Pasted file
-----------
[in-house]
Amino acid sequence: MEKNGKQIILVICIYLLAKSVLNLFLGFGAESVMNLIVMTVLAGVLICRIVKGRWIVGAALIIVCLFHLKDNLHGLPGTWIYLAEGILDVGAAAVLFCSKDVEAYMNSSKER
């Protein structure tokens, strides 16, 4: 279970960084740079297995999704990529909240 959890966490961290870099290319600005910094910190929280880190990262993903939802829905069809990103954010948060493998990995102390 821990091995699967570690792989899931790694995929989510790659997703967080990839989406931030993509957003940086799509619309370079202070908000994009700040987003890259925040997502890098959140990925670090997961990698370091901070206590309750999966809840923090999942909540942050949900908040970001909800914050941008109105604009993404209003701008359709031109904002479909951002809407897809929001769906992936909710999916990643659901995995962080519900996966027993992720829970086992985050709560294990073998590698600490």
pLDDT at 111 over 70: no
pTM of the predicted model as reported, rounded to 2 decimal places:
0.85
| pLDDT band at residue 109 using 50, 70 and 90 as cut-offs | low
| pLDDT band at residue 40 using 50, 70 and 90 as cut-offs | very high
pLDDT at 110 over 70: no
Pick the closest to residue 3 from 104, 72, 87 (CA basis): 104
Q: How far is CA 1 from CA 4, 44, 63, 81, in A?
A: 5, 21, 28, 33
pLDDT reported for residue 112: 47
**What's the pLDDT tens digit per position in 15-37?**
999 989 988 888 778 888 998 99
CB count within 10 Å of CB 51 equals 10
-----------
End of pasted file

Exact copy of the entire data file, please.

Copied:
[in-house]
Amino acid sequence: MEKNGKQIILVICIYLLAKSVLNLFLGFGAESVMNLIVMTVLAGVLICRIVKGRWIVGAALIIVCLFHLKDNLHGLPGTWIYLAEGILDVGAAAVLFCSKDVEAYMNSSKER
């Protein structure tokens, strides 16, 4: 279970960084740079297995999704990529909240 959890966490961290870099290319600005910094910190929280880190990262993903939802829905069809990103954010948060493998990995102390 821990091995699967570690792989899931790694995929989510790659997703967080990839989406931030993509957003940086799509619309370079202070908000994009700040987003890259925040997502890098959140990925670090997961990698370091901070206590309750999966809840923090999942909540942050949900908040970001909800914050941008109105604009993404209003701008359709031109904002479909951002809407897809929001769906992936909710999916990643659901995995962080519900996966027993992720829970086992985050709560294990073998590698600490």
pLDDT at 111 over 70: no
pTM of the predicted model as reported, rounded to 2 decimal places:
0.85
| pLDDT band at residue 109 using 50, 70 and 90 as cut-offs | low
| pLDDT band at residue 40 using 50, 70 and 90 as cut-offs | very high
pLDDT at 110 over 70: no
Pick the closest to residue 3 from 104, 72, 87 (CA basis): 104
Q: How far is CA 1 from CA 4, 44, 63, 81, in A?
A: 5, 21, 28, 33
pLDDT reported for residue 112: 47
**What's the pLDDT tens digit per position in 15-37?**
999 989 988 888 778 888 998 99
CB count within 10 Å of CB 51 equals 10